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Free Content Apoptosis of Lymphocytes and Sialic Acid Plasma Level in Patients Undergoing Cardiac Surgery

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Increasing evidence shows that extensive tissue trauma and surgical stress are related to physical alterations of cells and cell death. It was previously reported that total sialic acid (SA) plasma concentration is elevated in patients undergoing coronary artery surgery. Shedding or secreting of SA from the cell membrane surface or releasing intracellular SA may induce apoptosis. It is possible that the terminal SA residues of carbohydrate moieties facilitate recognition and removal of apoptotic cells by phagocytes. The aim of the present study was to estimate the dynamic changes in rate of apoptosis of lymphocytes and total sialic acid plasma level during coronary artery surgery. In 17 patients undergoing coronary artery bypass grafting surgery plasma total SA concentration was measured and the percentage of apoptotic lymphocytes was determined before operation, after aorta clumping, after the end of operation and at 6, 18, 30 and 48 h after operation. Plasma total SA concentration decreases after aortic clumping and then increases gradually during a 48 hr observation period. The percentage of apoptotic cells increases during and after surgery with the exception of a sample taken at 18 hours after operation. The findings indicate the bimodal character of apoptosis and dynamic increase in total SA plasma level, which may be considered a result of mechanical damage taken place during operation or inflammatory response to surgical trauma.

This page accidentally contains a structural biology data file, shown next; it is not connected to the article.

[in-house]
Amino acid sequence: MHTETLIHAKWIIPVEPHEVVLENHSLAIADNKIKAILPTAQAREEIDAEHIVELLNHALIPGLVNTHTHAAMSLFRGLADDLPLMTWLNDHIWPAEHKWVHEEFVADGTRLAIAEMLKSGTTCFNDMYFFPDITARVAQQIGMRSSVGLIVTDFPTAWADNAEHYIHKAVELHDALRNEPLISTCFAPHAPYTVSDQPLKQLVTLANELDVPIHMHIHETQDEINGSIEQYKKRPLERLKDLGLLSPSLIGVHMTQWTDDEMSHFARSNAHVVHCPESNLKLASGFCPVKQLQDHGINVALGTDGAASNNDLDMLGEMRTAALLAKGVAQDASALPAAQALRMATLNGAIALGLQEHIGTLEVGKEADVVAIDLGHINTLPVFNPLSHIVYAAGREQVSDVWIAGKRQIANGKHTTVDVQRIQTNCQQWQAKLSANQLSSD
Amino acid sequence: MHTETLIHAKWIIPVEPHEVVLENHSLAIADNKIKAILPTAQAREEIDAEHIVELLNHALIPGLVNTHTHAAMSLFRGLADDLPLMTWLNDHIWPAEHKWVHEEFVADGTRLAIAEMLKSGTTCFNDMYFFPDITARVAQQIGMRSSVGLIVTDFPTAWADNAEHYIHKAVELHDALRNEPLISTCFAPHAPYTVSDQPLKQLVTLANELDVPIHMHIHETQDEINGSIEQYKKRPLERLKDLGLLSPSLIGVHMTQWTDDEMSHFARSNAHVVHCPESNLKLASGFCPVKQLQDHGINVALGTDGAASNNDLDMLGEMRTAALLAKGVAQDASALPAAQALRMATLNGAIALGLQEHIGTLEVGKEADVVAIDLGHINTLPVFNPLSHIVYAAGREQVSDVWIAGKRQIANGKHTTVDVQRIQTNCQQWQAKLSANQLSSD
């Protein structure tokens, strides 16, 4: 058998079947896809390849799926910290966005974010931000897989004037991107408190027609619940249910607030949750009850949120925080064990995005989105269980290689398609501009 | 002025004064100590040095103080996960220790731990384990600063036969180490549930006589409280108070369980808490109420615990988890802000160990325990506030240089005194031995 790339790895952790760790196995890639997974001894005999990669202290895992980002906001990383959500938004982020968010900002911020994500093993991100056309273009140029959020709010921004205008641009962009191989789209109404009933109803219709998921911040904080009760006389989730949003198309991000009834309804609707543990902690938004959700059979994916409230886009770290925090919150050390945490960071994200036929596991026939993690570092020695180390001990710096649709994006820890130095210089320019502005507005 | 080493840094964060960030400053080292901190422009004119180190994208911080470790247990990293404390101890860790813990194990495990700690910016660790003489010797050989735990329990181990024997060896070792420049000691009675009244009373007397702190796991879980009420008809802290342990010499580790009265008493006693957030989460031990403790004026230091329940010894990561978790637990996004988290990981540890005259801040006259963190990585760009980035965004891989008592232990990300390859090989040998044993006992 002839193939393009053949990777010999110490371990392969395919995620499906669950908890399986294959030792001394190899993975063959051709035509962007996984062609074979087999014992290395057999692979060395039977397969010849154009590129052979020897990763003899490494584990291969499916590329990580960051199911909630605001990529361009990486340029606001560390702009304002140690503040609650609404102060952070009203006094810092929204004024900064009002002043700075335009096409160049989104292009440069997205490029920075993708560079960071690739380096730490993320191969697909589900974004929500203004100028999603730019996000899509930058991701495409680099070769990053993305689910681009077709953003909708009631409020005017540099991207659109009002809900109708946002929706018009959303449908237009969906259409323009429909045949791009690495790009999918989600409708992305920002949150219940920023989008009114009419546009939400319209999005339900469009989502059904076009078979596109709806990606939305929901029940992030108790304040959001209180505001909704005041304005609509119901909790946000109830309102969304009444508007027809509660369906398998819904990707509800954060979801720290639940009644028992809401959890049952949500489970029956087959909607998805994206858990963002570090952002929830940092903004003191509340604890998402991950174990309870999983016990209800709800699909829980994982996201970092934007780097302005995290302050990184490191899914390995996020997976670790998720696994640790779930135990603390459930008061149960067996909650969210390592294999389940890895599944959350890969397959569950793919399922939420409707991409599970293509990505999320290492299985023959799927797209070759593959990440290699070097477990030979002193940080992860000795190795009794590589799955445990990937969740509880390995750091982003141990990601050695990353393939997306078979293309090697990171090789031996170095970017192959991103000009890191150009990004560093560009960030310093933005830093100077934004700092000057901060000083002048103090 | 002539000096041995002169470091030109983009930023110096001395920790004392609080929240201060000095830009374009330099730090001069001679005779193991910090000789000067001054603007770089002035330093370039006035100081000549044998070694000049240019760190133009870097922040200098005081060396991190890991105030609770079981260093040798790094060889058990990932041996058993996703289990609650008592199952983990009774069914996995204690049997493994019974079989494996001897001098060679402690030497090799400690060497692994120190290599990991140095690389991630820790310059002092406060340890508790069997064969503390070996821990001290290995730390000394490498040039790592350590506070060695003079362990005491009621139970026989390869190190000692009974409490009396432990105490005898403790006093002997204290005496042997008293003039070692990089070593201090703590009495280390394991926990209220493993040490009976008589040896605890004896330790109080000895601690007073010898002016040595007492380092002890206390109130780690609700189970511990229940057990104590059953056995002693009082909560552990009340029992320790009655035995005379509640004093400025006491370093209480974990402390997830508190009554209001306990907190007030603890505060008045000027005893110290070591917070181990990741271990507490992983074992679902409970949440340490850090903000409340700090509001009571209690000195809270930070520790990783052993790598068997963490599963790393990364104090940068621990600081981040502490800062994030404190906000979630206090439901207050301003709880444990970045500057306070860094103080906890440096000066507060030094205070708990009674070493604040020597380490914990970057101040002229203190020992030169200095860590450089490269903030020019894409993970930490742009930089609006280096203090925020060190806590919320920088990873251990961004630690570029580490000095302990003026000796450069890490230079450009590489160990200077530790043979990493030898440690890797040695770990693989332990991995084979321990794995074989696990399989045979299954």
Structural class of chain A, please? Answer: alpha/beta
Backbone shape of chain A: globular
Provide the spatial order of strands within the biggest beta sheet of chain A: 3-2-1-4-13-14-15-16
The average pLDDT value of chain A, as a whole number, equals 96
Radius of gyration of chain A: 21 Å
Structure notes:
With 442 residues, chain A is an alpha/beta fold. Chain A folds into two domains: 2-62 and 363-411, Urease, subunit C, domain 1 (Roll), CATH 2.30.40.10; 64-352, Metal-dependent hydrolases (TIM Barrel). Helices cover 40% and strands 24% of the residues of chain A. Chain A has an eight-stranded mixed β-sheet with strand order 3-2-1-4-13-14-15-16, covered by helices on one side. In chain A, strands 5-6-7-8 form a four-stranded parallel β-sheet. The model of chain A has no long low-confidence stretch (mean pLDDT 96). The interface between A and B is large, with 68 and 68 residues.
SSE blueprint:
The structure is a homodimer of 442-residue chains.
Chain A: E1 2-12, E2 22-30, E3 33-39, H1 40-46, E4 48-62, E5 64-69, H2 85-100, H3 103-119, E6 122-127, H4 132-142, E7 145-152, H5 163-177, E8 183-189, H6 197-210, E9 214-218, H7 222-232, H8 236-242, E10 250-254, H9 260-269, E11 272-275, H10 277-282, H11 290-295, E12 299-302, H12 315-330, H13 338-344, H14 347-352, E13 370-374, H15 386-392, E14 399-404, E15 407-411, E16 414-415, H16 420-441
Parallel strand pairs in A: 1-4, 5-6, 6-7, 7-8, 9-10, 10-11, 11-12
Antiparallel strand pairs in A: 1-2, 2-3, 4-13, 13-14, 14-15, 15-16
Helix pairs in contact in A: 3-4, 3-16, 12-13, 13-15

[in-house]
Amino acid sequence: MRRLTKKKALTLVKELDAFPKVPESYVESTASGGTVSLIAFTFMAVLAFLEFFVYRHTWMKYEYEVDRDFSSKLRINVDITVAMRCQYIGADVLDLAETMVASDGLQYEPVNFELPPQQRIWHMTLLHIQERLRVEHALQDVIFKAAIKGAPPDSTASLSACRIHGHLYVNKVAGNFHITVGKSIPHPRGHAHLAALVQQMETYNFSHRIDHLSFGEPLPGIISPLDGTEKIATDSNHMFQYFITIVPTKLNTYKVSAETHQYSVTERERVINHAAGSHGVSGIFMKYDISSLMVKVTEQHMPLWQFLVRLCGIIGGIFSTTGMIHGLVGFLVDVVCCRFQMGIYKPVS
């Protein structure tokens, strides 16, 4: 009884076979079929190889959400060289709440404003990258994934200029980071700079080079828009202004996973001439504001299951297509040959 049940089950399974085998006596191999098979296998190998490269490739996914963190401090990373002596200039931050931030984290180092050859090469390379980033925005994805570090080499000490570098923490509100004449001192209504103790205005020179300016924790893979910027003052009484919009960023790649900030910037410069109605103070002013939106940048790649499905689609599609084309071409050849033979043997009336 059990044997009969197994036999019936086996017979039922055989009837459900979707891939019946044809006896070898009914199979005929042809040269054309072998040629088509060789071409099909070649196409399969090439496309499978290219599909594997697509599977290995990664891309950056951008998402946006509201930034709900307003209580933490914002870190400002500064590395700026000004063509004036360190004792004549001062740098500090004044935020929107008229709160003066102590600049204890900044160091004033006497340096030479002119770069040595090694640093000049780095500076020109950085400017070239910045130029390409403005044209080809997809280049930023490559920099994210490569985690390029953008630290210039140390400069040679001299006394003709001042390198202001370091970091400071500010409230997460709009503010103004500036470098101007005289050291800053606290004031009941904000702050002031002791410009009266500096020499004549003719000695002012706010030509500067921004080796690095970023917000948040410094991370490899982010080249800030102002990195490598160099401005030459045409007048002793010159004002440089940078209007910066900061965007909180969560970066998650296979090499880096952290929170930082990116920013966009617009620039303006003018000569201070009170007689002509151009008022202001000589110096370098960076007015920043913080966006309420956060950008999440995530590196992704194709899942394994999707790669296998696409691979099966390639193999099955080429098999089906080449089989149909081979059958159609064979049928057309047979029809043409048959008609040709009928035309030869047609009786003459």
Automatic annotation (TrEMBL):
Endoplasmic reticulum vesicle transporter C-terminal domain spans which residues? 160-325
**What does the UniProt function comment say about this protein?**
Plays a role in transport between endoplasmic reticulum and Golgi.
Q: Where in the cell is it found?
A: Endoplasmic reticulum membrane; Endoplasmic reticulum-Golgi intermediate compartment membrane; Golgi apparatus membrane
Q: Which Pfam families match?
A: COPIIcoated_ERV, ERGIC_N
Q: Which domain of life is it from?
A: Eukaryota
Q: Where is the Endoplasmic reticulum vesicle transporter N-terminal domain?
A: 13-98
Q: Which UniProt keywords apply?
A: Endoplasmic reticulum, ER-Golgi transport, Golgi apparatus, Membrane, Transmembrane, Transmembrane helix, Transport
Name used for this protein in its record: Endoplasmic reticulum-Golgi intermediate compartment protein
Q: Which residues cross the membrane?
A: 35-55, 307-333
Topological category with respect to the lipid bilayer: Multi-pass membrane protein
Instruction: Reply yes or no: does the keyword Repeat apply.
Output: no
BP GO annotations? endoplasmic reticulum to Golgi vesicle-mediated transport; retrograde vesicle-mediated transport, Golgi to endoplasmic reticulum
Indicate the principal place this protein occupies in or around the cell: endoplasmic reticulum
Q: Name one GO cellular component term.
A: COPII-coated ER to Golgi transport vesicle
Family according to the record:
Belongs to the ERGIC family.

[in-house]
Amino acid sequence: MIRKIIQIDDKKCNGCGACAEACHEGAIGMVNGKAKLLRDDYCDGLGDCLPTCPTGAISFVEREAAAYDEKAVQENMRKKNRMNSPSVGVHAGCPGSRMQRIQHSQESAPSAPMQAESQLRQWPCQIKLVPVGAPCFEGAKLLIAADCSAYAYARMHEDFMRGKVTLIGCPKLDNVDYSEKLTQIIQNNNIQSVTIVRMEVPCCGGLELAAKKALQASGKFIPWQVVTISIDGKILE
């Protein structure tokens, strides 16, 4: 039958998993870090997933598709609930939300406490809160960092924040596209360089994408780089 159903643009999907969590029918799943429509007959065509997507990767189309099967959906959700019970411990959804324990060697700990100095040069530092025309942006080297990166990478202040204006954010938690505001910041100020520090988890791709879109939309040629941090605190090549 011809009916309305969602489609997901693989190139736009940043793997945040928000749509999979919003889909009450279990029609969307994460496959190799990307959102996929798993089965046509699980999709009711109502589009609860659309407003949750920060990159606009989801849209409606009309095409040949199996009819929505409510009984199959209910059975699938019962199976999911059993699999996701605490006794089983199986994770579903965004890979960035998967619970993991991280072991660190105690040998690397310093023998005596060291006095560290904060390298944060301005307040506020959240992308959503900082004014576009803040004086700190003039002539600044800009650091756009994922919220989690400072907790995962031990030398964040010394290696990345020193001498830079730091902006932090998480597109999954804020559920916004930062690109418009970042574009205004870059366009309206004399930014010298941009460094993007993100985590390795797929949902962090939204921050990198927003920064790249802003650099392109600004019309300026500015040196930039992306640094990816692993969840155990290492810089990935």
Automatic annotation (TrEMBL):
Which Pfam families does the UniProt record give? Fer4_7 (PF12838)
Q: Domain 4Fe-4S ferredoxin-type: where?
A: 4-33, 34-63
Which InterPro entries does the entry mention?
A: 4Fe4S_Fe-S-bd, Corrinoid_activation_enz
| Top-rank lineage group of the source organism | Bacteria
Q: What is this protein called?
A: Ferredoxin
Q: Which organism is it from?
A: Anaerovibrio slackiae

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Document Type: Research Article

Publication date: 2005

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  • Folia biologica is an international quarterly journal that publishes papers on the broad field of experimental zoology, nuclear and chromosome research, and also ultrastructural studies. All papers are subject to peer reviews. Indexed in: ISI Master Journal List, Current Contents, Polish Scientific Journals Contents. I.F. 0.667
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